Virtuous Man

The figs are falling from the trees
and when they fall their red skins burst.

It is so beautiful
I am wounded by my happiness

but you have forgotten how to be silent
and how to eat.

You sit in your swamp and speak from the reeds
as the frog sings its song from the black pond.

You want to scratch out my eyes
so I can't see my own body.

You are the bite on which I gag.
You are a cheap clock ticking off

the things you're afraid of.
Be afraid of me.

I will wind and wound you
till you whir for me

in a dizzy whirl of human bones,
the violence of the hammer against stone.

I am the spear that I hurl against you,
till like a paper bag your words tear open

and you lie uprooted and broken in the sun.
After the spasm I rub my sleepy eyes

and walk away
naked as the fig I roll on my tongue.

Vision of Milk

Because I wished I were wise,
because I wanted to become air,

because I am in love with zeros,
I swam in deep light-distances.

I saw my shadow wavering before me;
I saw a footpath of light.

I saw clouds like swelling milk udders;
they flowed like milk into my hands.

I watched the pregnant moon give birth to the sun,
and I saw the blood.

I watched the world drown in shallow waters,
and I caught that little whiff of carrion,

and it almost destroyed me,
but instead it made me stronger,

because even a wound has the power to heal,
because to live does not mean to be sick,

and because the galaxy is a woman and she is good
I took her breast in my hand and I drank.

Hate Psalm

You're not much of a man.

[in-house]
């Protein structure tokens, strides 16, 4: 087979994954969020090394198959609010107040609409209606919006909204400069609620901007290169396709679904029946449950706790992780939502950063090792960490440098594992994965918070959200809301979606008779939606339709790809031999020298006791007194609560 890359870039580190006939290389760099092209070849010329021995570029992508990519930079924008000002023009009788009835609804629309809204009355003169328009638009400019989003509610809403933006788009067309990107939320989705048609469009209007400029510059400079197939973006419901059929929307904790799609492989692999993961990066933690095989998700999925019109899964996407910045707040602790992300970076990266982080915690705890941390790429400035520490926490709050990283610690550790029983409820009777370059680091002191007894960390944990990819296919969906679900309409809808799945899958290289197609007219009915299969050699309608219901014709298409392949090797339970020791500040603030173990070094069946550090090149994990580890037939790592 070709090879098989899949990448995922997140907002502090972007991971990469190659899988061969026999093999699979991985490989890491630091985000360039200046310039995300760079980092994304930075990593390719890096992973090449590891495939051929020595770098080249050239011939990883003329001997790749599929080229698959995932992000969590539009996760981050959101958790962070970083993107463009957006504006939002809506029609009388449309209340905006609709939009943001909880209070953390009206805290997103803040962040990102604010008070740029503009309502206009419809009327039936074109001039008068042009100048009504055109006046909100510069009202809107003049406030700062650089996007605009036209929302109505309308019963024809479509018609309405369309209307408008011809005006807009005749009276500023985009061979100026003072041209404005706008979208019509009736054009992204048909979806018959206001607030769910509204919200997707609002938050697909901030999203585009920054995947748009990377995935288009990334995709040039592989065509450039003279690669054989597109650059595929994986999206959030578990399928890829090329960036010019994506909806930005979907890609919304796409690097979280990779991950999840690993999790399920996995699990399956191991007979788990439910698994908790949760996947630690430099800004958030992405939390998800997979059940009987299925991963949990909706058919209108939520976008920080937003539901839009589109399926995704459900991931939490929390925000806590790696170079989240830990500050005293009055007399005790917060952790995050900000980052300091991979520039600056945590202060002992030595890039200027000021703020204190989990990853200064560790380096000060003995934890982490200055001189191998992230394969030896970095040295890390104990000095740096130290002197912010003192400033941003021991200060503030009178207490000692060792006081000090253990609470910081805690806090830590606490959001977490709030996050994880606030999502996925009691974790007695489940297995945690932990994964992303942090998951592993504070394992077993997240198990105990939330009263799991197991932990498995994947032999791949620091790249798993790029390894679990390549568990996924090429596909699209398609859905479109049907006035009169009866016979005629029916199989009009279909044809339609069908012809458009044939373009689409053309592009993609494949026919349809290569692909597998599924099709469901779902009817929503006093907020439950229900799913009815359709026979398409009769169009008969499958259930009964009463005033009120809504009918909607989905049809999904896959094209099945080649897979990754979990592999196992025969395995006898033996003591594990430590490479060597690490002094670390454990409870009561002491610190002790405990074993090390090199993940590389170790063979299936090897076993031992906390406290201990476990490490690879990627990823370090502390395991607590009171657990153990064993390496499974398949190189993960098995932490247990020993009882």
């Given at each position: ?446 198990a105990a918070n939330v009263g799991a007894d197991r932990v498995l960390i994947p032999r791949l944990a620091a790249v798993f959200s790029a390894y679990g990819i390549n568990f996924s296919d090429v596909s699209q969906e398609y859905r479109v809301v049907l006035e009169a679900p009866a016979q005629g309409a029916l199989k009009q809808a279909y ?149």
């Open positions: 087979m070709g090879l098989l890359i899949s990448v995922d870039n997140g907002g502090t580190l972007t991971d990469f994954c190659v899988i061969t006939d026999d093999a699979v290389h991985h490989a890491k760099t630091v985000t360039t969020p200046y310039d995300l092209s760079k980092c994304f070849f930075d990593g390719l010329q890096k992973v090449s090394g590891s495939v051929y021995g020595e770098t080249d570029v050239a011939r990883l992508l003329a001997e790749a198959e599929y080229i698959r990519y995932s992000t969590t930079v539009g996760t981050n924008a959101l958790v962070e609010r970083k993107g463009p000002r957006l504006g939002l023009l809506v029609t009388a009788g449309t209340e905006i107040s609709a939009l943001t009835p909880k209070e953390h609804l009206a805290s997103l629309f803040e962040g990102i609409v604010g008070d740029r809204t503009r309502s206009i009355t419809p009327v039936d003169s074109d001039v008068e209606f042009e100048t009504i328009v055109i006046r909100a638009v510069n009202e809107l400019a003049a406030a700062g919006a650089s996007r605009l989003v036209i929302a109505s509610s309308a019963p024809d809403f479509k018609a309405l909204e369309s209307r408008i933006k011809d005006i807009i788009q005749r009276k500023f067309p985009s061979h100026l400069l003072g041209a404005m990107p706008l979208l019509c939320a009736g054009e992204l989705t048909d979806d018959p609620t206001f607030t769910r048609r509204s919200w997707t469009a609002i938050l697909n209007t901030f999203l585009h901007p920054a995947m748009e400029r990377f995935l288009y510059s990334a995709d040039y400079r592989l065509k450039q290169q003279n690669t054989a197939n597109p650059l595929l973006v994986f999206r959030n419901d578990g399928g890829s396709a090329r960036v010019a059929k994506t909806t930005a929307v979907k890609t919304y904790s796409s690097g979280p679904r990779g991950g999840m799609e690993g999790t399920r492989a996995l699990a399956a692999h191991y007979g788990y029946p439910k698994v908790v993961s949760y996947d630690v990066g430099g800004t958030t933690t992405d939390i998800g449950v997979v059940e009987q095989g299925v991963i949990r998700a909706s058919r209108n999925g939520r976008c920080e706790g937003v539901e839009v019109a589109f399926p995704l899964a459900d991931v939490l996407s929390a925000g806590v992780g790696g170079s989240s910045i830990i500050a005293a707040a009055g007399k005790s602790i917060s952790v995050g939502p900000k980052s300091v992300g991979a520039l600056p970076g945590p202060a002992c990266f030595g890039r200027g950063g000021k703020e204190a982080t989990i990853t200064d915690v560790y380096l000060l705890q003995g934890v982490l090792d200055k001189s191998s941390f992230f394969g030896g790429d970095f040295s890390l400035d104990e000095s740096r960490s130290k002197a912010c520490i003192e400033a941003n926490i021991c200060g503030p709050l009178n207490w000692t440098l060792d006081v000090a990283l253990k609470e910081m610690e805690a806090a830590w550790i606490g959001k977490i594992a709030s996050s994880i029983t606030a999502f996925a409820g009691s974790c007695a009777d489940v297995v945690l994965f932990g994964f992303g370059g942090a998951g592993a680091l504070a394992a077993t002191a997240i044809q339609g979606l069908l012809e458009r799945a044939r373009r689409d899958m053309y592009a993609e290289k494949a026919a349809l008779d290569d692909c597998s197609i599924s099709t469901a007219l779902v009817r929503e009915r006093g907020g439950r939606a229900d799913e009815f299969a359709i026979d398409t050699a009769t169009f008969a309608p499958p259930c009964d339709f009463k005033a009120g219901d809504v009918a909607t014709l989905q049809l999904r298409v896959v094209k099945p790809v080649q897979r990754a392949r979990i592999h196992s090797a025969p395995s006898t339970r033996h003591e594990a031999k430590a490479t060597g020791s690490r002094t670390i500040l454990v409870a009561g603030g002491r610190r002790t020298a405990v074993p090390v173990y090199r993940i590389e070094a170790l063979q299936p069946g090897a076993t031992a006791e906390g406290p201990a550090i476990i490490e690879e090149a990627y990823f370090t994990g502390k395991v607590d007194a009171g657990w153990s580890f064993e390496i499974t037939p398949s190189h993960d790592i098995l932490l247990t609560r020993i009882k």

You are my shadow.
You whitewash your soul.

Splash-cloud, scream-throat, flutter-wings, bluebottle.
Ink-fish, pen-hack, pickpocket, ragpicker.
Lamefoot, lazybones, sigh-bag, smuggler.

You flutter and whine like mosquitoes.
Must I break your ears
to make you listen with your eyes?

Hollow nut, you still want to be cracked.
I will bury you well with my own hands.
I have lived in solitude as in the sea;

now I would climb ashore.
I come from coldest waters naked as a red crab
to prick you with my claws.


Crushed, everything had been crushed.
My eyes were open, but I was asleep.
I was asleep, but my soul was awake.

My strange soul had been conquered
by sleep, the thief of time.
It drank me up and left me drunk

with visions, tossing on bedsprings,
wings fluttering from a broken backbone.
It was the death rattle, white flesh

of peeled eggs, the eyes rolling back.
My fingers pawed the dark loose earth.
While I slept, the world stripped down

to its fine black bones, and I saw it as it was.
In the morning I was still drunk,
scrabbling through fragments of dream,

a clutch of roses, a smear of feathers,
looking for evidence of the crime.
I drank strong tea that didn't clear my head,

and watched ants and cockroaches shifting in the kitchen
until even my body's fallen hair
created a monstrous sign in the sink.

The Grapevine